In the mid 70’s increased emissions regulations and rising gas prices put the squeeze on automakers. This squeeze led to smaller engines and less performance. The fall of the performance era opened up a new market for the aftermarket industry. Companies like VSE, DKM and Motion Performance were able to give the die-hard performance customers what automakers could not. The packages that were created gave customers a wide variety of choices to either increase handling, increase performance or both.
These aftermarket companies gave us the ultimate and feared street machines of their day. Now twenty plus years later they have become some of the most sought after and rarest of all second generation Firebird models.
Here is a brief overview of what these aftermarket companies produced.
During the late 60’s Pontiac had the best of the best on its payroll. Each auto manufacturer was obsessed with having more and better cars then the next company. One of the engineers Pontiac had on staff was Herb Adams. He worked on many projects with Pontiac like the Super Duty 455 and Ram Air V programs, but is most well known for his work on the second generation Firebird suspension.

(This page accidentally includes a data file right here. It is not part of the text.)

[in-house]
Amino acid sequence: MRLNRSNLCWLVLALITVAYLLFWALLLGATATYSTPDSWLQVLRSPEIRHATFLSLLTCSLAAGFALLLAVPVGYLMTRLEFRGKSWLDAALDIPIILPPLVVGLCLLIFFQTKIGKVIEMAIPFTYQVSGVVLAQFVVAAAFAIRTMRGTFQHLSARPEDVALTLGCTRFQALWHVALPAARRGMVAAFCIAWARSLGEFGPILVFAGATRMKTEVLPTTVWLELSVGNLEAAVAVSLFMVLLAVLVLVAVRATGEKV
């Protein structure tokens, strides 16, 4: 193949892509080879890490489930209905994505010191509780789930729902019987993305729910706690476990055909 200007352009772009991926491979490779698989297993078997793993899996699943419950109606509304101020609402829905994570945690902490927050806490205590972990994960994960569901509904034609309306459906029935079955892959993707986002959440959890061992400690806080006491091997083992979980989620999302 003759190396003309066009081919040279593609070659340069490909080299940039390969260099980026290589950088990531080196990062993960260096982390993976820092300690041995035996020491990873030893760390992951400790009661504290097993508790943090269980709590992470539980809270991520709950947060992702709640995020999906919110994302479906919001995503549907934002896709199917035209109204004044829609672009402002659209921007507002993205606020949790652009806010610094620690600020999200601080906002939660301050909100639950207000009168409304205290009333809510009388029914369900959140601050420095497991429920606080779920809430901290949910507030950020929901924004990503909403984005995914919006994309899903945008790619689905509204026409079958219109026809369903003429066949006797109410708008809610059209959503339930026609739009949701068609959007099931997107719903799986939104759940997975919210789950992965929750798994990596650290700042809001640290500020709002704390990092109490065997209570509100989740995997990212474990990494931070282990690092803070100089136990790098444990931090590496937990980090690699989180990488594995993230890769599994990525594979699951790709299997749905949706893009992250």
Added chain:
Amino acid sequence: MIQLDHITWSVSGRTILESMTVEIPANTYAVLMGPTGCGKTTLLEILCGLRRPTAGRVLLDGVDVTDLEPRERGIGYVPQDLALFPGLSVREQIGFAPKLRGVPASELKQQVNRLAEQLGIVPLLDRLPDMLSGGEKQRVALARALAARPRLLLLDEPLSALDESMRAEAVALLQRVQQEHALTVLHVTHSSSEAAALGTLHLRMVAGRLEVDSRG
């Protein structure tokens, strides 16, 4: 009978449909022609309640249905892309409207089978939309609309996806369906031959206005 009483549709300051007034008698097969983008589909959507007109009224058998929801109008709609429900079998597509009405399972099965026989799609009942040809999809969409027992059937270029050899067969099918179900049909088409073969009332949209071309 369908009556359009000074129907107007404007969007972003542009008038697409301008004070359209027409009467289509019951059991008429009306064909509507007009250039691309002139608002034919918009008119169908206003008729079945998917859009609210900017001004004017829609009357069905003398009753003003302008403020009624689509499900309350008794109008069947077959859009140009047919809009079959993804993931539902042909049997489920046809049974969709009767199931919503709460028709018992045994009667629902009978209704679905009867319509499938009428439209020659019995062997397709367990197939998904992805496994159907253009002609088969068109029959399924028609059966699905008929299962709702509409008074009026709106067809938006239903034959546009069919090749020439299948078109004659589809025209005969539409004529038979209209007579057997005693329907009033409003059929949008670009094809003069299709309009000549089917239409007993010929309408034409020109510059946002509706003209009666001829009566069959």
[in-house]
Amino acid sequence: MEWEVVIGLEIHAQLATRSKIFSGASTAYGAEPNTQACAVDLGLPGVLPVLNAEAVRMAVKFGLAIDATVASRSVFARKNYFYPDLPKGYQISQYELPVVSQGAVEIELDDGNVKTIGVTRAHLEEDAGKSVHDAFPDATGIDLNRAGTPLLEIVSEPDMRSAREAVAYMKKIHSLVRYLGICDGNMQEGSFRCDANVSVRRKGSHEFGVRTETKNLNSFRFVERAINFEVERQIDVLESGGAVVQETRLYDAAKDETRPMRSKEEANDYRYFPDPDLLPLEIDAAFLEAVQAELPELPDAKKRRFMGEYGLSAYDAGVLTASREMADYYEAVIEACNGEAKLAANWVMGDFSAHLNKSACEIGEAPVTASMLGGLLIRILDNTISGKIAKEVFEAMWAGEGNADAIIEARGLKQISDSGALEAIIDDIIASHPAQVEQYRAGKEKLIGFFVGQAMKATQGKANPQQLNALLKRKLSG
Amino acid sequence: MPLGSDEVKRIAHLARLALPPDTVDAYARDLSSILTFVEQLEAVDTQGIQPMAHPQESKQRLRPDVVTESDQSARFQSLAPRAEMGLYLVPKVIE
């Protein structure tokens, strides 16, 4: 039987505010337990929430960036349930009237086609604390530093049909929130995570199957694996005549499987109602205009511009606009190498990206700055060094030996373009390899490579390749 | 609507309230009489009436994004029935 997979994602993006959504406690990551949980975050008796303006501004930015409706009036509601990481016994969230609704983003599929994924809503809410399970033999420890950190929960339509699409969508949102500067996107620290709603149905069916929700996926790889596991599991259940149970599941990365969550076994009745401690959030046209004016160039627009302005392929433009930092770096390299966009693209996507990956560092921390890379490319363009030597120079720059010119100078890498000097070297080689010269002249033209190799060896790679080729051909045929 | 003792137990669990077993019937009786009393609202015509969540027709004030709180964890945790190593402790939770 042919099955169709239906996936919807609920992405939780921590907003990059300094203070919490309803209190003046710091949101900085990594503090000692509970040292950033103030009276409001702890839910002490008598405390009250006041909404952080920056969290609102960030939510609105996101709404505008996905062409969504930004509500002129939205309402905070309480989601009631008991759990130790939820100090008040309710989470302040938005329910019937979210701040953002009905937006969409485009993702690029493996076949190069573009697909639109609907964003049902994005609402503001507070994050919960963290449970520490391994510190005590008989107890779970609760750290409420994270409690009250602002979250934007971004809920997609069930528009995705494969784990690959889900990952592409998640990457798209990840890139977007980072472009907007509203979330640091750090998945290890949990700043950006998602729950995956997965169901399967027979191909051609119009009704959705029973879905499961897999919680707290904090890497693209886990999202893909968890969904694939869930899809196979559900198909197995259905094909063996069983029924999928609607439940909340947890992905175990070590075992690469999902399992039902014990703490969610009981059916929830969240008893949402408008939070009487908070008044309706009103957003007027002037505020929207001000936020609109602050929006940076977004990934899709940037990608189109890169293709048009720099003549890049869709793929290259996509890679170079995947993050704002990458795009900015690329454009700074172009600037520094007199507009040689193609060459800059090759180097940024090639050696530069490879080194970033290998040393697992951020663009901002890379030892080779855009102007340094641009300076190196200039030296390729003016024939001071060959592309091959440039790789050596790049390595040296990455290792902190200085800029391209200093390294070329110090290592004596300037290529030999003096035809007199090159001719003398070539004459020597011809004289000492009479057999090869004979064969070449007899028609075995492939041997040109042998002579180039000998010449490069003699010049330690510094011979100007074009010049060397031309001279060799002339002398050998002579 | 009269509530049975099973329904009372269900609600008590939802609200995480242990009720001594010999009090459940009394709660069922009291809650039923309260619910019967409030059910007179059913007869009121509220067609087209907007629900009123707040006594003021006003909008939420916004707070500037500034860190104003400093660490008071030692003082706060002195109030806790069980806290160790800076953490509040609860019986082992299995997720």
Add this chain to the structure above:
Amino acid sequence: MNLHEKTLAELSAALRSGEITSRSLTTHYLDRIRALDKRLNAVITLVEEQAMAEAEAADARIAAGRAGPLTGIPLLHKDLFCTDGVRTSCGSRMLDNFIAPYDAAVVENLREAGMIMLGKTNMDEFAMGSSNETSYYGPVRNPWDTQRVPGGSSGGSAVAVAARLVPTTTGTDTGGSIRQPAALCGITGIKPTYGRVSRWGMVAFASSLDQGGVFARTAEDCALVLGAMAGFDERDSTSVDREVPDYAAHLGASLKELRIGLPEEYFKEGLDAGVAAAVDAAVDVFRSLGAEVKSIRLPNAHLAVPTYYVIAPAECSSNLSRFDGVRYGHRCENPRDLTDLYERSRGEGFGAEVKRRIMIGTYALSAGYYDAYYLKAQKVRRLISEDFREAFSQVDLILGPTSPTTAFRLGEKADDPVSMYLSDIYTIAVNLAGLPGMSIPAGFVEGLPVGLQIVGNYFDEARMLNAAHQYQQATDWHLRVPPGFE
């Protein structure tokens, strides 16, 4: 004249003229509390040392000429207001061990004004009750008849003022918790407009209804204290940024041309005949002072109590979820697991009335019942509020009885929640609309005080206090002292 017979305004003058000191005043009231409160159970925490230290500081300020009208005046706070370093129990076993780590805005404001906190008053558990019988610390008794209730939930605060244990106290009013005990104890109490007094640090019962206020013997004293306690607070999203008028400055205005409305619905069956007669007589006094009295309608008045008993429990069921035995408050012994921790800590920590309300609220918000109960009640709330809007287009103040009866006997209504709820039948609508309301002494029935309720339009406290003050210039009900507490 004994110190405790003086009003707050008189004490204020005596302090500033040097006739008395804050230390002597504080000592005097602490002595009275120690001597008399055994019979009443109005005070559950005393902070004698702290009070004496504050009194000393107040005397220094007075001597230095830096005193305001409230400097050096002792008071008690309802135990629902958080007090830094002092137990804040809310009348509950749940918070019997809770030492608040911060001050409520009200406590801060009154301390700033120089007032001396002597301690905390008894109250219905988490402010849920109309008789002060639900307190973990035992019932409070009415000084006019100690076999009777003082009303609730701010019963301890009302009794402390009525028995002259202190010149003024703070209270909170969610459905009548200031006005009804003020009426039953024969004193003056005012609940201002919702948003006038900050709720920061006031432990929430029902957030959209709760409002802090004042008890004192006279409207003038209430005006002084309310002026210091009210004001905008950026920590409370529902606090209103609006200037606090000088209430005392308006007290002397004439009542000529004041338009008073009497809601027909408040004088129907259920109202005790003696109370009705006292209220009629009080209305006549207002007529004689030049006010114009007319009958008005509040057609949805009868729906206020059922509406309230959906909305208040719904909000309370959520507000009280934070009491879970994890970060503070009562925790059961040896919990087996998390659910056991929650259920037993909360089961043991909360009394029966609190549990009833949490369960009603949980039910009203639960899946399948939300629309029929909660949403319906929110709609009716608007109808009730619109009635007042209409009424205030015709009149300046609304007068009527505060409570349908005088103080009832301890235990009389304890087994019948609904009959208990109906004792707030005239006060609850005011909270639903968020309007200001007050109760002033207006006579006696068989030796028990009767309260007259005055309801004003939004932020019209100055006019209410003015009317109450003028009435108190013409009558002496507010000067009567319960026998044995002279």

After some years Herb broke away from Pontiac and formed his own company VSE or Very Special Equipment. This new company was all about performance and handling. Pontiac, seeing that Herb was still indispensable contracted with VSE to evolve the Firebird suspension. In 1977 eight highly modified Trans Ams were built for Pontiac in a bid to start a new IROC racing series for the Firebird line. Pontiac was unsuccessful in their bid, but those eight Trans Ams would shape the Firebird suspension for the next 25 years. The suspension modifications found on the eight Trans Ams would soon become the WS6 performance package. Herb who was also a avid racer and race car builder saw even more potential in the Firebird and continued the evolution on both the performance and handling platform. From this came the . The modifications that resulted from Herb’s development would include items like a new aggressive graphics, 180 degree headers, dry sump lubrication system, rear wheel disc brakes, racing seats, Holley carburetors, larger sway bars and much, much more. VSE offered different stages of modifications allowing customers to create as race ready a Trans Am as they desired. In 1979 Herb wanted to prove the drivability and performance of the Fire-Am by entering the Daytona 24-hour race. To prove the Fire-Am’s drivability Herb drove the car he was going to race from Detroit to Florida. Unfortunately the Fire-Am only lasted 18 of the 24 hours, but was in 19th place out of 40+ cars with an average speed of 155mph before the harmonic balancer broke and ended the race for him.